The Lowry Park Zoo has a new baby rhino to squeal about.
One day before her own birthday, and three days before Mother's Day, an endangered Indian rhinoceros (also known as a greater one-horned rhinoceros) named Jamie gave birth to a male calf on May 9. The birth is the third for the zoo in five years, and a significant conservation milestone for the species with fewer than 60 animals in the managed population.
The new addition has been given the Indian name Jiyu, meaning compassionate friend, by the zoo's Asian animal care team. Though he has not yet been weighed, calves normally weigh in the range of 75 to 100 pounds at birth. Mother and calf will spend time together off exhibit for the newborn's safety and privacy in bonding.
The zoo participates in the Association of Zoos and Aquariums (AZA) Indian Rhinoceros Species Survival Plan, designed to support the conservation of select wildlife species at risk of extinction. Counting the new male calf, there are just 54 Indian rhinos in AZA-accredited institutions, with an estimated wild population of no more than 2,850.
Jamie's first offspring, a female named Jaya born in 2009, now resides at Tanganyika Wildlife Park in Wichita, Kan., and the second offspring, a male named Jahi born in 2011, is at Central Florida Zoo in Sanford. A male rhino named Arjun sired all three calves.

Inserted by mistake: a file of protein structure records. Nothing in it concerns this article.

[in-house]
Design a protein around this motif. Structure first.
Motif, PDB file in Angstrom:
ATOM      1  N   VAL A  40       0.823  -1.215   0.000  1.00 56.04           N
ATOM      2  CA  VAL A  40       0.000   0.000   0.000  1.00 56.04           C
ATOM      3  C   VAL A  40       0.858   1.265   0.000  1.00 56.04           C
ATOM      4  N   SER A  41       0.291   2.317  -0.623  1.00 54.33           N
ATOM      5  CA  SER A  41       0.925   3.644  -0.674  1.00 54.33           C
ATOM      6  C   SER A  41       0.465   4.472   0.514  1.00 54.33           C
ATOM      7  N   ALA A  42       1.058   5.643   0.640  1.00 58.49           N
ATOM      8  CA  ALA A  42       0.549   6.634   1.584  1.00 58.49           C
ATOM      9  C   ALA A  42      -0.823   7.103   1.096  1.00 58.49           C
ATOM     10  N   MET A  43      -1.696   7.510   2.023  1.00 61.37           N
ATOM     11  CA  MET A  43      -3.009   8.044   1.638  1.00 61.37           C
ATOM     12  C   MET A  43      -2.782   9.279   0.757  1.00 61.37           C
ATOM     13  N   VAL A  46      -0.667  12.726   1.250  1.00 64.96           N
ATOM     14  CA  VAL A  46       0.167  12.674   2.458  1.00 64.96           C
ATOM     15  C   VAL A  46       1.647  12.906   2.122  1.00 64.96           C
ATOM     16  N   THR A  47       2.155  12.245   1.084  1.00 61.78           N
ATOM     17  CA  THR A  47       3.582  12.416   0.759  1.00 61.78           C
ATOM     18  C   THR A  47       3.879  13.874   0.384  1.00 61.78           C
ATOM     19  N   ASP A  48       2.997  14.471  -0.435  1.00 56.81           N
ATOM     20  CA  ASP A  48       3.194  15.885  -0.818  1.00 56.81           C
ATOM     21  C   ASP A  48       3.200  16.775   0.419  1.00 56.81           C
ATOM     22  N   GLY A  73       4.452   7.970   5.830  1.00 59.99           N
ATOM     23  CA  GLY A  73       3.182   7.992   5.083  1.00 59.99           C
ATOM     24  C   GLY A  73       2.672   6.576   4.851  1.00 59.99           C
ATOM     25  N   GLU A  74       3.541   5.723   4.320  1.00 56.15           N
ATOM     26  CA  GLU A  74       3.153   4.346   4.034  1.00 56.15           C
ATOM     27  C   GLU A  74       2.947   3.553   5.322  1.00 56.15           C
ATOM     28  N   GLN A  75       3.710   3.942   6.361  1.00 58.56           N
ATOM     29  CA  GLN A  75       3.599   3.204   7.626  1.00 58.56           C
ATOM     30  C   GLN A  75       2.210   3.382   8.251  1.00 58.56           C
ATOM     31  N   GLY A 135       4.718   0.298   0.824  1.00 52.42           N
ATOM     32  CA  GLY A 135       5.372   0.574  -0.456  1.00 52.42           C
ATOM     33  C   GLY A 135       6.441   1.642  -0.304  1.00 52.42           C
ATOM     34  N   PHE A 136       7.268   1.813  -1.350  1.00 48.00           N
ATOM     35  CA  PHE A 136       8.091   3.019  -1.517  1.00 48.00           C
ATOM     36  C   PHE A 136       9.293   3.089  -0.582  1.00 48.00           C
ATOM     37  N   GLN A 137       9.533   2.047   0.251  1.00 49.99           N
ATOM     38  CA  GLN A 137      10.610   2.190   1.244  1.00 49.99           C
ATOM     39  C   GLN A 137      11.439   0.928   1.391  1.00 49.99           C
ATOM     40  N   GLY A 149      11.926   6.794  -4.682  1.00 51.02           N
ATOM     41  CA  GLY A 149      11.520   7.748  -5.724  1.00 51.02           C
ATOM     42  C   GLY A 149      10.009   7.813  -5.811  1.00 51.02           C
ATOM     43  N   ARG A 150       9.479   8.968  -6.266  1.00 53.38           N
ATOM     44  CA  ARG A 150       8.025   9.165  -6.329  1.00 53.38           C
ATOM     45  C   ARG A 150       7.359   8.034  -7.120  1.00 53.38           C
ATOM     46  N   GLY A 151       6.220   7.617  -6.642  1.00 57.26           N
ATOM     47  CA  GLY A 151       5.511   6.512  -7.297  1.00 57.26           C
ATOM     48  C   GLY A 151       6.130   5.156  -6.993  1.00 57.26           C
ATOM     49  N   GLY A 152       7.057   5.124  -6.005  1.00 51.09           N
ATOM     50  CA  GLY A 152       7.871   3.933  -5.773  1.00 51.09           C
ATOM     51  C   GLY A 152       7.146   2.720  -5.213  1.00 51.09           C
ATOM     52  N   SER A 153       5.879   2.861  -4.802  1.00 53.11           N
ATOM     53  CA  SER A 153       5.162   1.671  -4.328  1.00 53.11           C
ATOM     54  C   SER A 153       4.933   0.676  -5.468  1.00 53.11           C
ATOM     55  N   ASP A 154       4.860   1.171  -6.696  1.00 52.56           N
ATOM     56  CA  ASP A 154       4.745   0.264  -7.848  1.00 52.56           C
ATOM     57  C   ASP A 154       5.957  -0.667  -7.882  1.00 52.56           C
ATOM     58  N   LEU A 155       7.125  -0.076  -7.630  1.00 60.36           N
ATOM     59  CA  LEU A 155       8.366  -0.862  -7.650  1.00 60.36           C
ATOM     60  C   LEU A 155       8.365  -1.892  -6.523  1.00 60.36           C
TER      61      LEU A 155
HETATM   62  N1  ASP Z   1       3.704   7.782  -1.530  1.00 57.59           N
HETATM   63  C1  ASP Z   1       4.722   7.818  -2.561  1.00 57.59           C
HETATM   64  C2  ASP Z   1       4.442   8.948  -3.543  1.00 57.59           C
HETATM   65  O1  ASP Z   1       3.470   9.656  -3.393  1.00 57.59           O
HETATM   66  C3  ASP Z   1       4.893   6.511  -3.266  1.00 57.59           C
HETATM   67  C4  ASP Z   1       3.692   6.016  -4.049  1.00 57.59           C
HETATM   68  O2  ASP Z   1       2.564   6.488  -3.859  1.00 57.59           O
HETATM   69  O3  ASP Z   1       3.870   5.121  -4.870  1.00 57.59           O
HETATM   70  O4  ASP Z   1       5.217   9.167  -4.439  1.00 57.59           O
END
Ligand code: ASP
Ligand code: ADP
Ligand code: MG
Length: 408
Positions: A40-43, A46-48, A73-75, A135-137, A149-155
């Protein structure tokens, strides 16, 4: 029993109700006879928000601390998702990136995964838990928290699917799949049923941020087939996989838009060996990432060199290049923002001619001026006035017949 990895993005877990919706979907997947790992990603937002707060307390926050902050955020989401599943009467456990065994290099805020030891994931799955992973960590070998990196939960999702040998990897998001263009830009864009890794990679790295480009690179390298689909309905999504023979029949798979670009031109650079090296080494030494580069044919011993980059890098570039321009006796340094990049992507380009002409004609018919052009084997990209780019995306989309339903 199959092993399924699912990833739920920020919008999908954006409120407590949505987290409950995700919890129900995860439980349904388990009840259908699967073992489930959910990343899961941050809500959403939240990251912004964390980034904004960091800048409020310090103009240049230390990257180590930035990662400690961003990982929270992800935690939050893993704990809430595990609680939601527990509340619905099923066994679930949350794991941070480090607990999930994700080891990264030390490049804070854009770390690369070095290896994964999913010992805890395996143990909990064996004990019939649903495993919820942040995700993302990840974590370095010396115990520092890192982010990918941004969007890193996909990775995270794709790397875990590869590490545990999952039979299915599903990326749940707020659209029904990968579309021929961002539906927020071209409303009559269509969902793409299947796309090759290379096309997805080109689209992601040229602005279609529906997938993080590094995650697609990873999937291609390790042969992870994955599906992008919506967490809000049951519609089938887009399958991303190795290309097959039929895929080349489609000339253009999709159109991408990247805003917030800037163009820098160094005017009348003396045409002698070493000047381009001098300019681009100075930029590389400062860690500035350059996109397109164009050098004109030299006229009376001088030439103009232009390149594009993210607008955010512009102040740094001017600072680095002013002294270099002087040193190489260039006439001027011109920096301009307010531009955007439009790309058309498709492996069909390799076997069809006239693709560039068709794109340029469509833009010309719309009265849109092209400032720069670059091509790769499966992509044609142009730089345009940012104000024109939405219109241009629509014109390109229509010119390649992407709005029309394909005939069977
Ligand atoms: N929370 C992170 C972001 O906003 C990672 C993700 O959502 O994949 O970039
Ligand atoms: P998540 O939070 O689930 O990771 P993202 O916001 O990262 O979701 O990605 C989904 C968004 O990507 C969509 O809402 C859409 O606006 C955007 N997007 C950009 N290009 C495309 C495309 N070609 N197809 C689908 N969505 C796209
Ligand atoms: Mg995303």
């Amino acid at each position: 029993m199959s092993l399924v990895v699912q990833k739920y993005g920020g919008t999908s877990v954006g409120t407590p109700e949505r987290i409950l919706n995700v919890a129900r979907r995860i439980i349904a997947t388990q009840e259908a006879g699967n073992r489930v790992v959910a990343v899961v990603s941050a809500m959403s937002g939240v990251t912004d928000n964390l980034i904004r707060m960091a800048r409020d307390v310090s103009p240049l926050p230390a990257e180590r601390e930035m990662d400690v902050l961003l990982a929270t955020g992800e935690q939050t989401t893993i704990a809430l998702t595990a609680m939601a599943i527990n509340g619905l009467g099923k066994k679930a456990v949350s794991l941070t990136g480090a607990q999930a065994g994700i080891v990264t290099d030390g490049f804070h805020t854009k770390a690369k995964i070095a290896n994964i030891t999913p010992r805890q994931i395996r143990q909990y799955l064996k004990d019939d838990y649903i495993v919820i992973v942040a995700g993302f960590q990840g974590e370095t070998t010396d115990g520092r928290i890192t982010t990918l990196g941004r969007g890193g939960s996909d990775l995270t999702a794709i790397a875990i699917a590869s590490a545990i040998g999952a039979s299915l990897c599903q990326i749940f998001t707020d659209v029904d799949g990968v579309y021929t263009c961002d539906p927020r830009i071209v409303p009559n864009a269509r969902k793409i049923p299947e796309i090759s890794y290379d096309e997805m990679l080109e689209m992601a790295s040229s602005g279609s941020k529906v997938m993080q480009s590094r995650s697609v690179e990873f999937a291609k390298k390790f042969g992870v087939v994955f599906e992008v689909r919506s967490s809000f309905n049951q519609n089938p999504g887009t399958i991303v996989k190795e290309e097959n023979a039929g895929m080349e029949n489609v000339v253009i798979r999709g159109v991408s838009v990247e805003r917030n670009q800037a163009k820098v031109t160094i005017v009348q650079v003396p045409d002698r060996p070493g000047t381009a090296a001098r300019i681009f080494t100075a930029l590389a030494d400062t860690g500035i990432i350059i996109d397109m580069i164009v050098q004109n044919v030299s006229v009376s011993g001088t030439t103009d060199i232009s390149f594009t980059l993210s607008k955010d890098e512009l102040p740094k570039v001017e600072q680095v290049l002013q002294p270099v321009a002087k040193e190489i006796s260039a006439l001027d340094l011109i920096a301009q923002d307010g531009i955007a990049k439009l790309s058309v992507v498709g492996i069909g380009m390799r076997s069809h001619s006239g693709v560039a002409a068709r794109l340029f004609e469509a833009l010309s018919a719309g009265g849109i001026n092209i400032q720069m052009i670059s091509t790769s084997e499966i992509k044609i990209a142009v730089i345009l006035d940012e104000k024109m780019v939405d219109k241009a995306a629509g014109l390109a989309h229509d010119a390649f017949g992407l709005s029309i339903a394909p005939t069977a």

The greater one-horned rhinoceros is one of five species of rhinos worldwide and one of three species found in Asia. It is native to the remote, swampy grasslands of India, Assam and Nepal. Weighing several thousand pounds on average, the rhino's most distinct feature is a single horn on the end of its muzzle (three species have two horns), which is composed of keratin — the same protein that forms human fingernails and hair. The species has a unique upper lip, known as a prehensile lip, which acts as a hook to grasp onto plants and food in its herbivore diet (grass, twigs, bamboo shoots, water hyacinths and various produce). Indian rhinos have been described with "armor-like skin" due to the presence of skin folds, however the skin is actually supple due to frequent wallowing in water and mud.
According to Save the Rhino International, an organization that works to conserve viable populations of critically endangered rhinos in Africa and Asia, drastic declines in population numbers have been fueled by the illegal rhino horn trade, habitat loss and political conflict over the past few decades. Poaching of rhino horns for the production of traditional Chinese medicine is the greatest threat facing the rhino today.